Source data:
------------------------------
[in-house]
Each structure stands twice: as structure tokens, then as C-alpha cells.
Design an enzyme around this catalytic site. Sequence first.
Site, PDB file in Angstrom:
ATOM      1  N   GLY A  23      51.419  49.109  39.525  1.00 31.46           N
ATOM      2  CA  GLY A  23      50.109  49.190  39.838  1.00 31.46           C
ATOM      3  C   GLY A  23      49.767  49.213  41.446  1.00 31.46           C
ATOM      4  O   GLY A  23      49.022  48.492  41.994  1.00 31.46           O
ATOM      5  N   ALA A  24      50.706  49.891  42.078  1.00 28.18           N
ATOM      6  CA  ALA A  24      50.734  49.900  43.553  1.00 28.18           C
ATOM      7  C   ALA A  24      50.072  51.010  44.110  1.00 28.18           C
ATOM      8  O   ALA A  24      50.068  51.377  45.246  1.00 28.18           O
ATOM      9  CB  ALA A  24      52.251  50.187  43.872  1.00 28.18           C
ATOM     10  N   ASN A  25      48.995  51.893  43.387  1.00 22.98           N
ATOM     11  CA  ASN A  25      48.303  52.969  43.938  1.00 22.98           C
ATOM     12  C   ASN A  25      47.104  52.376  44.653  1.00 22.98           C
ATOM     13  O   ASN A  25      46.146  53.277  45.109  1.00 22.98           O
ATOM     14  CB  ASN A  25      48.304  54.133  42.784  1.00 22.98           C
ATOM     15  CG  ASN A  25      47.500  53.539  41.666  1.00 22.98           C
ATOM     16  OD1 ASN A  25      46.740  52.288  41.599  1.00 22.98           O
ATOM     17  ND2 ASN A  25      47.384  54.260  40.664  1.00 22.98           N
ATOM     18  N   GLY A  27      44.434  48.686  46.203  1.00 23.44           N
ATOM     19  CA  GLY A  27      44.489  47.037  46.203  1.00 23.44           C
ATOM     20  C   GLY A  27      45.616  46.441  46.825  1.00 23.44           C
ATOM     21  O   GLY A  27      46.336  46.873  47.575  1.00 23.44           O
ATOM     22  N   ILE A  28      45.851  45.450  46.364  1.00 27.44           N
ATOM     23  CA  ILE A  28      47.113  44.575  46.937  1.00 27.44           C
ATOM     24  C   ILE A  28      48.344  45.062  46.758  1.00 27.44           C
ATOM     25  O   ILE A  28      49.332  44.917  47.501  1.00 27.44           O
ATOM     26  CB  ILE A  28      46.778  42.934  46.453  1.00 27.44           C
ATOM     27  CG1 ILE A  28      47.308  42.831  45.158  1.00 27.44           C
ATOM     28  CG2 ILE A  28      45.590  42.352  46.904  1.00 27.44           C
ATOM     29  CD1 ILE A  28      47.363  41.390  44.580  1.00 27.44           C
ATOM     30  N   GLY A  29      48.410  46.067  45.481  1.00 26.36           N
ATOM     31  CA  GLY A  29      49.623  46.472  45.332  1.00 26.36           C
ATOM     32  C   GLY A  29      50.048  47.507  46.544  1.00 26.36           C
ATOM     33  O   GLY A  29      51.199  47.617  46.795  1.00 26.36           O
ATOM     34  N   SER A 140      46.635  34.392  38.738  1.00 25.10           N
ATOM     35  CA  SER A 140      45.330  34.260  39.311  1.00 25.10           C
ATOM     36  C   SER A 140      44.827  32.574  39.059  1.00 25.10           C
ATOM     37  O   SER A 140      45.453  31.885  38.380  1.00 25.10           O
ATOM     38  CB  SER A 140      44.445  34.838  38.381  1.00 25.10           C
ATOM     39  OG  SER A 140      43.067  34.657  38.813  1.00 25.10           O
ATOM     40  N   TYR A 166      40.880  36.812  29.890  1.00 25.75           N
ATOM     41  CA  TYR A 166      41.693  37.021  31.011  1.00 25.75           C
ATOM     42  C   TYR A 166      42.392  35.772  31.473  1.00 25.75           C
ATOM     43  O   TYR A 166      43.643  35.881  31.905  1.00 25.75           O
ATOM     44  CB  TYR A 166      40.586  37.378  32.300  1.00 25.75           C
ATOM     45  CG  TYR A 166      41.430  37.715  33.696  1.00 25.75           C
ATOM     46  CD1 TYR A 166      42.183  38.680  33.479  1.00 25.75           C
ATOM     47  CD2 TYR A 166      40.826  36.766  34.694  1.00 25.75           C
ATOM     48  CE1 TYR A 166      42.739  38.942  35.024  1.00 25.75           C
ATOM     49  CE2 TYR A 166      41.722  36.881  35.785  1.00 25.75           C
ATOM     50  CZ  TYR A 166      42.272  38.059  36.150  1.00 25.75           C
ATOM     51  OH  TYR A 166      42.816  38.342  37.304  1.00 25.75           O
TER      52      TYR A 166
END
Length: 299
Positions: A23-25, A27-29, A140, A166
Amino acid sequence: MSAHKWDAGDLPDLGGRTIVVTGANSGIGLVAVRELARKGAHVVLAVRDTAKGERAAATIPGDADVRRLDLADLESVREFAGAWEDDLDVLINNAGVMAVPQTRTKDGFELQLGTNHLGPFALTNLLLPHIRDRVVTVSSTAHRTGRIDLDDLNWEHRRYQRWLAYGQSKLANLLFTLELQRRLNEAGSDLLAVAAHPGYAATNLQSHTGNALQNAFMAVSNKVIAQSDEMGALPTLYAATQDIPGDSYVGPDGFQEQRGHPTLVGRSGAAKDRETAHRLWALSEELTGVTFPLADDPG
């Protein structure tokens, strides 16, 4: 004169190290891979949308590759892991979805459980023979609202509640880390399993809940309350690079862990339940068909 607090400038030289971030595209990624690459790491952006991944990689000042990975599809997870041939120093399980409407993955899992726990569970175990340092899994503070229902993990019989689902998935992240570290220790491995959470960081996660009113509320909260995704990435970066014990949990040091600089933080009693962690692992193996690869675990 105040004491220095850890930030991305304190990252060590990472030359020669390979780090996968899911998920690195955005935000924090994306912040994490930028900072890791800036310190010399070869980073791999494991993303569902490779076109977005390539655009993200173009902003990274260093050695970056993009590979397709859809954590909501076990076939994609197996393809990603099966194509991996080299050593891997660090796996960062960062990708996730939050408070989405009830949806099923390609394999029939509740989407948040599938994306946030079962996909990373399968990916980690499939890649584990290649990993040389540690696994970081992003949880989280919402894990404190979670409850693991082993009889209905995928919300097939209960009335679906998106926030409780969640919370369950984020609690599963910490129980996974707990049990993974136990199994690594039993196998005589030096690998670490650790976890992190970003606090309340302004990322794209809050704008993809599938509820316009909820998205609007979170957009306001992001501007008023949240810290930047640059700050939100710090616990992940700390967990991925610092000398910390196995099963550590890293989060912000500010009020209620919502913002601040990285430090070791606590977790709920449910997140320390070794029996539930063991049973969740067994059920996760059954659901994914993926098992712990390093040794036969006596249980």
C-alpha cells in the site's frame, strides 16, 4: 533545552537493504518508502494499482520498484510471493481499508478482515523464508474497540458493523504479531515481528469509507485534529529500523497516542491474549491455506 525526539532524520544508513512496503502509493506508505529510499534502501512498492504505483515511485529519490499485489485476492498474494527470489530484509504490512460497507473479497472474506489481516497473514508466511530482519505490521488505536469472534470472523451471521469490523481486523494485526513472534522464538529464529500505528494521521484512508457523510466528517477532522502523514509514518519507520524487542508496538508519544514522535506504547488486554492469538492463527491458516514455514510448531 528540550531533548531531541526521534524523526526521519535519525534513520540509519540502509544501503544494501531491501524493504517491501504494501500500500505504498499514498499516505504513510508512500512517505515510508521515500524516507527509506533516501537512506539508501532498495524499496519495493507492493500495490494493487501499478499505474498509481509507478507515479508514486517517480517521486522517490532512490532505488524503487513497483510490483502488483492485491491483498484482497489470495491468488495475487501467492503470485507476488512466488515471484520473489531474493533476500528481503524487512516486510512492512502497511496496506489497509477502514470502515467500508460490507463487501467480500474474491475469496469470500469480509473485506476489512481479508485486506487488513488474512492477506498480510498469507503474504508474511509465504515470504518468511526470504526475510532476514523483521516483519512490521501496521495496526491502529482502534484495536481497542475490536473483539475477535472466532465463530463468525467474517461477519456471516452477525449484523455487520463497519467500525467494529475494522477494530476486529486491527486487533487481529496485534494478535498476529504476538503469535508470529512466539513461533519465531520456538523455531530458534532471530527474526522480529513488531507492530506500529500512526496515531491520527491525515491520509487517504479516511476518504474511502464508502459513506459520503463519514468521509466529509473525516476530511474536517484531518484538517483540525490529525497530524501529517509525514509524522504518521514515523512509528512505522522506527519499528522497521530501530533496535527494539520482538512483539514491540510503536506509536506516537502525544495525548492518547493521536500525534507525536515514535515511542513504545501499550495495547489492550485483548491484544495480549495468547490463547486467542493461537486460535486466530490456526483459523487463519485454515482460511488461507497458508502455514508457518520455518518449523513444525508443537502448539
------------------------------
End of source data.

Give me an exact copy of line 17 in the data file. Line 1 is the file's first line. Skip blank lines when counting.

ATOM     13  O   ASN A  25      46.146  53.277  45.109  1.00 22.98           O